RE: No s**t
By jak3676 on 1/16/2007 11:22:58 AM , Rating: 1
quote: telemetry data for a remote medical operation...

The problem is that people like this won't be paying for better servic, there's more money to be made in spamming I'm sure.

RE: No s**t
By masher2 on 1/16/2007 12:23:19 PM , Rating: 3
> "The problem is that people like this won't be paying for better servic, there's more money to be made in spamming I'm sure..."

Are you seriously suggesting that spammers will pay big bucks to send their billions of emails a fraction of a second faster? But that a remote medical operation costing say $300,000 wouldn't spend a few extra dollars to ensure a good connection, when it might mean the difference between life and death?

Do people not think anymore?

RE: No s**t
By jak3676 on 1/17/2007 11:56:38 AM , Rating: 2
Just saying the internet isn't always run by mainstream business. If you look at the companies that are pushing the technological edge with the internet it’s the pr0n industry, black-market & pirated DVD's.

Yes, there are plenty of better uses for this type of technology. But look at some of the packet counting programs out there and you'll see that they report more P2P and torrent activity than anything else. That is followed by other media sites (youtube, itunes, etc.) There is actually relatively low http/https type traffic. Other types of traffic are a really low %.

If/When this type of technology is released it will be used by those with the most $ to profit from it. That's not going to be university research, medical practices, or some other benevolent activity.

Do some research before replying - it may not be what you want to hear, but it’s the truth.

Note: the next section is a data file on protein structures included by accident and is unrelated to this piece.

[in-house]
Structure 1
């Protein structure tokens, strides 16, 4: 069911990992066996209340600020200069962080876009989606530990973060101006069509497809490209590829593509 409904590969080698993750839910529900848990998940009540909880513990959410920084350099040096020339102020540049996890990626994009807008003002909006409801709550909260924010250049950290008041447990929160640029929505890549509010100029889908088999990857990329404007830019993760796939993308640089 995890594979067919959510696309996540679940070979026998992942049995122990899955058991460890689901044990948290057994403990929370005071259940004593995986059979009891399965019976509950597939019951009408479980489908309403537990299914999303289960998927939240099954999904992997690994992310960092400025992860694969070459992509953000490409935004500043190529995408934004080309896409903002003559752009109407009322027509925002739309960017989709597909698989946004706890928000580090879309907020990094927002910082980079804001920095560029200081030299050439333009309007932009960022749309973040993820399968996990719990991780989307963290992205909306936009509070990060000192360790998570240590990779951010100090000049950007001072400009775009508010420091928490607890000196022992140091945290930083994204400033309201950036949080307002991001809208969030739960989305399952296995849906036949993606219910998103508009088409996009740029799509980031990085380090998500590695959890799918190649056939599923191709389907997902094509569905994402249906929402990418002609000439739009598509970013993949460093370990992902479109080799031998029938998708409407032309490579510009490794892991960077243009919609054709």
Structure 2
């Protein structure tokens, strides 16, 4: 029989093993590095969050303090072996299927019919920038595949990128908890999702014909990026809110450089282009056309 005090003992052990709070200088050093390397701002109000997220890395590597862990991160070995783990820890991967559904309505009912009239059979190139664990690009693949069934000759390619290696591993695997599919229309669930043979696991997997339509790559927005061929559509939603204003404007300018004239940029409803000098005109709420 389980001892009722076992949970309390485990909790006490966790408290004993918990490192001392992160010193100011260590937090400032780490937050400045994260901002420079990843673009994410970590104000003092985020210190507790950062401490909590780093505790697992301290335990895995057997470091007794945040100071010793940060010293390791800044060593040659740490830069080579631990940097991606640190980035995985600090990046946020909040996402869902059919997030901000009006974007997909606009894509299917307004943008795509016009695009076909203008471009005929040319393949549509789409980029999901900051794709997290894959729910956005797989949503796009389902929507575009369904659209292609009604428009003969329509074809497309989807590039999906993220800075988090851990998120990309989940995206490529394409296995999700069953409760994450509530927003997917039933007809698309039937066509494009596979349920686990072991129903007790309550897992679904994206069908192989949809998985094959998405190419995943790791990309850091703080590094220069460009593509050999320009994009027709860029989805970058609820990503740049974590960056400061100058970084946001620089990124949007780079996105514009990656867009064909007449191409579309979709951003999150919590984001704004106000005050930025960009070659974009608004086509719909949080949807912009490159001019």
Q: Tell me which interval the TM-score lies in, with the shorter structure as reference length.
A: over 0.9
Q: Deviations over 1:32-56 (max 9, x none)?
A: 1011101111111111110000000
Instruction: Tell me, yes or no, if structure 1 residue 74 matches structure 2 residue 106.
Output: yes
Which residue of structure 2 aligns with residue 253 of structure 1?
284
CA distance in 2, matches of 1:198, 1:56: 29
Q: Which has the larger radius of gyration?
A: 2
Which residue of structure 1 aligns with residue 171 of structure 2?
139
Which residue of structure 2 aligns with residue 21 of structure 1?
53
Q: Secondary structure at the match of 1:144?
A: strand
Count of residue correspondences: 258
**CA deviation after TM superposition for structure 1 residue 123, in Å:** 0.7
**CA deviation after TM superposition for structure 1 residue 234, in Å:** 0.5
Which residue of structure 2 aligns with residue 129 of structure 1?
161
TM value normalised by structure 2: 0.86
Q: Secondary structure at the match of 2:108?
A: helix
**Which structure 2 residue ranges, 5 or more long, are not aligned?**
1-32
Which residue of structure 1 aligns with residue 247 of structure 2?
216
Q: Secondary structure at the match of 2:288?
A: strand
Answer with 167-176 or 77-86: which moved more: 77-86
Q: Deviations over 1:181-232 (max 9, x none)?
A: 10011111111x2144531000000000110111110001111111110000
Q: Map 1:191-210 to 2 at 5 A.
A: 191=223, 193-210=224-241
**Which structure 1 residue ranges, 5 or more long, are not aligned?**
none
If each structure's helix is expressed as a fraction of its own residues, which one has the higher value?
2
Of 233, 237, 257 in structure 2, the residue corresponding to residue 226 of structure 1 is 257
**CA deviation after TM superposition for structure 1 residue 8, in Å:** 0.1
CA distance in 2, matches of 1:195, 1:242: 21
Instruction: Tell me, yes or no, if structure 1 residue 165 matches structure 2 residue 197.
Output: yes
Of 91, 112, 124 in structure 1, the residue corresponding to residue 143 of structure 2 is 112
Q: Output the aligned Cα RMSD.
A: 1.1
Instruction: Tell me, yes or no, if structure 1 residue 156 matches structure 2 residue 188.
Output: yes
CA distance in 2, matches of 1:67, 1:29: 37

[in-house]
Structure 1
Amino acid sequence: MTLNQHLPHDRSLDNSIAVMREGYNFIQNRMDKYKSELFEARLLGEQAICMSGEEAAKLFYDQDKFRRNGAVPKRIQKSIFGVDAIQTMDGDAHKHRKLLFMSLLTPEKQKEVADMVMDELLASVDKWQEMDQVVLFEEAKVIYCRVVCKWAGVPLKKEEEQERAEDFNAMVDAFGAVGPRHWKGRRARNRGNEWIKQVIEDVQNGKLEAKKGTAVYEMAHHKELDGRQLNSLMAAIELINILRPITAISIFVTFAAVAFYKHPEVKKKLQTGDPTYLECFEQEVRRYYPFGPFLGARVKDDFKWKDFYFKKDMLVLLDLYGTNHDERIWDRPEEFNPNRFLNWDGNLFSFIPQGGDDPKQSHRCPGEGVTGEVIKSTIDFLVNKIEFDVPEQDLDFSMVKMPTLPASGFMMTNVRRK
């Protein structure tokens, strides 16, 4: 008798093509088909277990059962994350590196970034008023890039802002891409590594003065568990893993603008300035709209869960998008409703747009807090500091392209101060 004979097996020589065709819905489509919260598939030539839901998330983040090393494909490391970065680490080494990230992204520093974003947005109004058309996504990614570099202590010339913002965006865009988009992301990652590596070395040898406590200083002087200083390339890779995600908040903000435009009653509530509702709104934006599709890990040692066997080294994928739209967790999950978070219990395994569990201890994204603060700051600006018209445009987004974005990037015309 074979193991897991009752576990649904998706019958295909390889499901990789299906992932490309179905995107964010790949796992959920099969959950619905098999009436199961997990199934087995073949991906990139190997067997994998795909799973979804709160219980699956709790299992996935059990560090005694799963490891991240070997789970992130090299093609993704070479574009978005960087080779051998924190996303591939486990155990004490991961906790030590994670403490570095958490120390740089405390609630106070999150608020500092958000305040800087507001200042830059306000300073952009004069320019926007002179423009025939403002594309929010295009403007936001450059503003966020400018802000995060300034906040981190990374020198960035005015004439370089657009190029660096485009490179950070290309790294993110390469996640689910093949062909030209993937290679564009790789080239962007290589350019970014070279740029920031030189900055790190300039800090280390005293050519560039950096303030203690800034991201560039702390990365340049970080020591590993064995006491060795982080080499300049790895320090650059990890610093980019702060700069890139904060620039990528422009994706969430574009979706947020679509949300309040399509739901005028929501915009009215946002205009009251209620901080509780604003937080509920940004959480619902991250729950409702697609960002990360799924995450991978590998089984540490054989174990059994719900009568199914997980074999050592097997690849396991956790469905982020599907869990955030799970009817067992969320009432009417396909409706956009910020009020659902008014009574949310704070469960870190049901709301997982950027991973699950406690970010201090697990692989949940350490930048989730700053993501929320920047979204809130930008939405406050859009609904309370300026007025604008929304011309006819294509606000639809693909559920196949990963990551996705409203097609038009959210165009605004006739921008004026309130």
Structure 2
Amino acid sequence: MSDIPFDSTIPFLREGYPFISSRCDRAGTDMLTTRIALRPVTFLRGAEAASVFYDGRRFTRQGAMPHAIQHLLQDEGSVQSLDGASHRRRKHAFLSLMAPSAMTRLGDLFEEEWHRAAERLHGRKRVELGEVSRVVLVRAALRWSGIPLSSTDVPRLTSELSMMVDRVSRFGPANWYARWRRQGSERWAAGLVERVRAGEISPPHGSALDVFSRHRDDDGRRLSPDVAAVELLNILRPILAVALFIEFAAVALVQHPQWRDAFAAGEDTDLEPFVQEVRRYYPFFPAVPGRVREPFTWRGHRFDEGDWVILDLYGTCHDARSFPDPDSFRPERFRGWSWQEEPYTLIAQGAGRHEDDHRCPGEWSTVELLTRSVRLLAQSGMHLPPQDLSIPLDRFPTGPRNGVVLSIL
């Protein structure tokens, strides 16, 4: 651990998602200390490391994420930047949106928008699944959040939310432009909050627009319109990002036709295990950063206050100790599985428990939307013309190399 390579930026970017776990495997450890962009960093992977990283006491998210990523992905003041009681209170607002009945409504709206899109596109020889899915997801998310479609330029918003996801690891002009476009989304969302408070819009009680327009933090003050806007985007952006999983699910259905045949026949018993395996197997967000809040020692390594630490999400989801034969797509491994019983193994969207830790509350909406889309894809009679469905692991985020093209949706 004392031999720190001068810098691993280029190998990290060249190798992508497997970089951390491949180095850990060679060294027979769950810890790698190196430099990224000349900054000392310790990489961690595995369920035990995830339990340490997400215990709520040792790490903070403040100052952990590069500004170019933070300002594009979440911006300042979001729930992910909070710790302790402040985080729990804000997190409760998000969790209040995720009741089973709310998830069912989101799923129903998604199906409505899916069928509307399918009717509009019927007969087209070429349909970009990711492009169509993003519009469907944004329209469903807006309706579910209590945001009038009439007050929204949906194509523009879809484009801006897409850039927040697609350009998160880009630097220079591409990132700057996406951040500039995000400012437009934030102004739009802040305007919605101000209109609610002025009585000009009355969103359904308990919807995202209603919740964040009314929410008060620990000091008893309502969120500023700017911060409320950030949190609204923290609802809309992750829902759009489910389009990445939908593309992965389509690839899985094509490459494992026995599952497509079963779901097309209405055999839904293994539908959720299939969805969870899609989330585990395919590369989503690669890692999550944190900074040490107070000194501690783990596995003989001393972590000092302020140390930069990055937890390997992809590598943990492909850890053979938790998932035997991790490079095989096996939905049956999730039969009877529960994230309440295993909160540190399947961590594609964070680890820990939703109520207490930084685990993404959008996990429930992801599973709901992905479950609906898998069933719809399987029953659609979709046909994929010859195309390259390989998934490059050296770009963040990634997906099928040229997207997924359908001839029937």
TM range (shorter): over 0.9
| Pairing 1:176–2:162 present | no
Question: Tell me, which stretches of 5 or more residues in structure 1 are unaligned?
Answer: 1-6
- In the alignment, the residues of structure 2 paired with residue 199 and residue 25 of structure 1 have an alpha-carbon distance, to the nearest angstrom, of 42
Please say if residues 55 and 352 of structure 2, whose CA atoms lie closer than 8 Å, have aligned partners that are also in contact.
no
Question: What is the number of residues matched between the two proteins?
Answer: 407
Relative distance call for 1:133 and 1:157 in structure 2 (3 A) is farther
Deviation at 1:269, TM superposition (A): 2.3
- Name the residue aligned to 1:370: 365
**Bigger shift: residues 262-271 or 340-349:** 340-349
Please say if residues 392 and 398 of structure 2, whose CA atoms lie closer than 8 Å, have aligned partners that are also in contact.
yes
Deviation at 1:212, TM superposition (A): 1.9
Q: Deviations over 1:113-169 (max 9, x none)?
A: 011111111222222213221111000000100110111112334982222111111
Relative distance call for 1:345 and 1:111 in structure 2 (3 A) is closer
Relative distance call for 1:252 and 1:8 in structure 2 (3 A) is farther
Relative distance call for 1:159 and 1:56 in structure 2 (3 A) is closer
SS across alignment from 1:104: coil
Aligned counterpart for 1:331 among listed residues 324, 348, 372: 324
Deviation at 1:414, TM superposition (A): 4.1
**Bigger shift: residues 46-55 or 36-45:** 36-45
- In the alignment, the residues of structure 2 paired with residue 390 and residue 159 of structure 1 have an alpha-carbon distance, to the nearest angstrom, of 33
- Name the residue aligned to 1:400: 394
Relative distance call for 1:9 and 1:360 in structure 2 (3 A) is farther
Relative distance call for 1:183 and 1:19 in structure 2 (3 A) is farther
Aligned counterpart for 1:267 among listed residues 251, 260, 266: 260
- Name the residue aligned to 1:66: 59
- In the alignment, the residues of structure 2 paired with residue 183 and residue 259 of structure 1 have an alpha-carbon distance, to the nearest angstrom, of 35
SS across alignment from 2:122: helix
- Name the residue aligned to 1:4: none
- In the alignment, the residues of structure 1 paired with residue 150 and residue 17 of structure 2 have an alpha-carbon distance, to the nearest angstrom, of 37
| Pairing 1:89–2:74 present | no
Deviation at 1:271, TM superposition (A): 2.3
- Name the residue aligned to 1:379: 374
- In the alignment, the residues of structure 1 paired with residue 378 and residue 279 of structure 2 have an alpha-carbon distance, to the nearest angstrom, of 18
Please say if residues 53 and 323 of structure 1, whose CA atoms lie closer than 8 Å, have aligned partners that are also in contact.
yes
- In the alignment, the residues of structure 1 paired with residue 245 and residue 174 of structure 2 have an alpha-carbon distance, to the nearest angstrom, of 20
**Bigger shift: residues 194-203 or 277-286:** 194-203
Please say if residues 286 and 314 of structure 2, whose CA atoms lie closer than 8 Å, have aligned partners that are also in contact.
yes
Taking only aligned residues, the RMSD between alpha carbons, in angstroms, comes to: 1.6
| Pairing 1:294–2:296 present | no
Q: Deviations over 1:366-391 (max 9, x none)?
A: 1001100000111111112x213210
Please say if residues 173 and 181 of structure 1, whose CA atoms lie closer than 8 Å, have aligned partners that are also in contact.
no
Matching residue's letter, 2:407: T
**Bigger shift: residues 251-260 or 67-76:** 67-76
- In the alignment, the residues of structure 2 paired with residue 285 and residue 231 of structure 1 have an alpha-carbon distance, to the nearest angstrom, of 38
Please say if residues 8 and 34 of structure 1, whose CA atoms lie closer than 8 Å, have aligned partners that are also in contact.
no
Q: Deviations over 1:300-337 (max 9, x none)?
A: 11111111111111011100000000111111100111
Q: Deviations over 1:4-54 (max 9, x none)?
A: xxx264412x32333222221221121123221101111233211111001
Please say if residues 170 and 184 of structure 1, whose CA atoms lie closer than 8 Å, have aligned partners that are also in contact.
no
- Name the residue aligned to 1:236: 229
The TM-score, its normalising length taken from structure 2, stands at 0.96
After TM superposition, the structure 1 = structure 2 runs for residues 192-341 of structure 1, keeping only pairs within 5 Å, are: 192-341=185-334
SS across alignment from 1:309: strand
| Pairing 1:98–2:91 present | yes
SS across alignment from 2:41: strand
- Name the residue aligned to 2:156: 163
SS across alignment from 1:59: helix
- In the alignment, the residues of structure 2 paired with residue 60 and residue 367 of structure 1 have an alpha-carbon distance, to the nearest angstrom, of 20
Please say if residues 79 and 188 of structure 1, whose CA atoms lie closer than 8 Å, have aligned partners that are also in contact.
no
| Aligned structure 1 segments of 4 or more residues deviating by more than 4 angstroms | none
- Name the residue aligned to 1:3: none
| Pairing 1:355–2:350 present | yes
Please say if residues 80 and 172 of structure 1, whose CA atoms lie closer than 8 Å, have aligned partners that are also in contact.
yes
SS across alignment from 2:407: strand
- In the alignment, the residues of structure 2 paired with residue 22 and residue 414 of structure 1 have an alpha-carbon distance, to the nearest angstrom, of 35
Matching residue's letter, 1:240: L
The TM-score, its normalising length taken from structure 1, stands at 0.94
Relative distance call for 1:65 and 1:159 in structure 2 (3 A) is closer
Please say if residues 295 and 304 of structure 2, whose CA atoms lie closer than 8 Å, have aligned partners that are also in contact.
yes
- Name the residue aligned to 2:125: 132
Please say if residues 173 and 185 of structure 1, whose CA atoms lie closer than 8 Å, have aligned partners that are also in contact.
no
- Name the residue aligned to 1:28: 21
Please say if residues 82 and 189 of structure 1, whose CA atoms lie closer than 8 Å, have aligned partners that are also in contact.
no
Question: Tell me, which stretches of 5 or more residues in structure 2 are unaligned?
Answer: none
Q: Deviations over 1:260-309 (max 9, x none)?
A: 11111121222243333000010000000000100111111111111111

RE: No s**t
By masher2 on 1/17/2007 2:09:55 PM , Rating: 2
> " look at some of the packet counting programs out there and you'll see that they report more P2P and torrent activity than anything else...."

Of course. However, you've forgotten why people use those P2P programs. To get free stuff. Do you honestly think someone is going to pay a stiff per-byte charge to download a ripped CD or DVD, when it winds up costing them ten times what buying the original would? And the only benefit is slightly lower latency, that barely affects the overall download time?

> "Do some research before replying..."

Do some thinking before replying. No one is going to pay $200 to download the latest Britney Spears album. Advanced QOS services will be used by those who have a real need for them. At first, that means video conferencing, remote medical imaging, and other similar services.

RE: No s**t
By Mithan on 1/20/2007 10:15:02 AM , Rating: 2
quote: telemetry data for a remote medical operation...

They can already pay extra to get this over dedicated lines.

RE: No s**t
By Tamale on 1/16/2007 11:30:24 AM , Rating: 2
you sound like you work for AT&T lol

just keep telling yourself that these will all be 'optional'. I'm sure the networks won't charge more for the things that people are already used to getting once 'the other guy' starts doing so </sarcasm>

RE: No s**t
By masher2 on 1/16/2007 11:37:26 AM , Rating: 2
> "just keep telling yourself that these will all be 'optional'"

You have to remember that "no net neutrality" is the situation we are in today. The notion that, if we don't suddenly pass a few laws, telcos are suddenly going to start doing something they've been able to already do for years, but haven't, just doesn't wash.

Why do you think a telco would different than every over business? They offer a base service, and optional packages to raise the price. Why? It's the best thing for the consumer...but it also makes them the most money. Try to force a consumer to buy something he doesn't want, and he just goes to your competition.

RE: No s**t
By gramboh on 1/16/2007 1:02:44 PM , Rating: 4
The issue is with traffic shaping.

What will likely happen is that certain ISPs will partner with certain content providers, say Yahoo with Comcast, to deliver priority traffic or probably throttling down non-partner content. So you will end up with slower access to competing site/ISP partnerships. It is a stupid idea but one that ISPs will certainly do to earn more money.

"There is a single light of science, and to brighten it anywhere is to brighten it everywhere." -- Isaac Asimov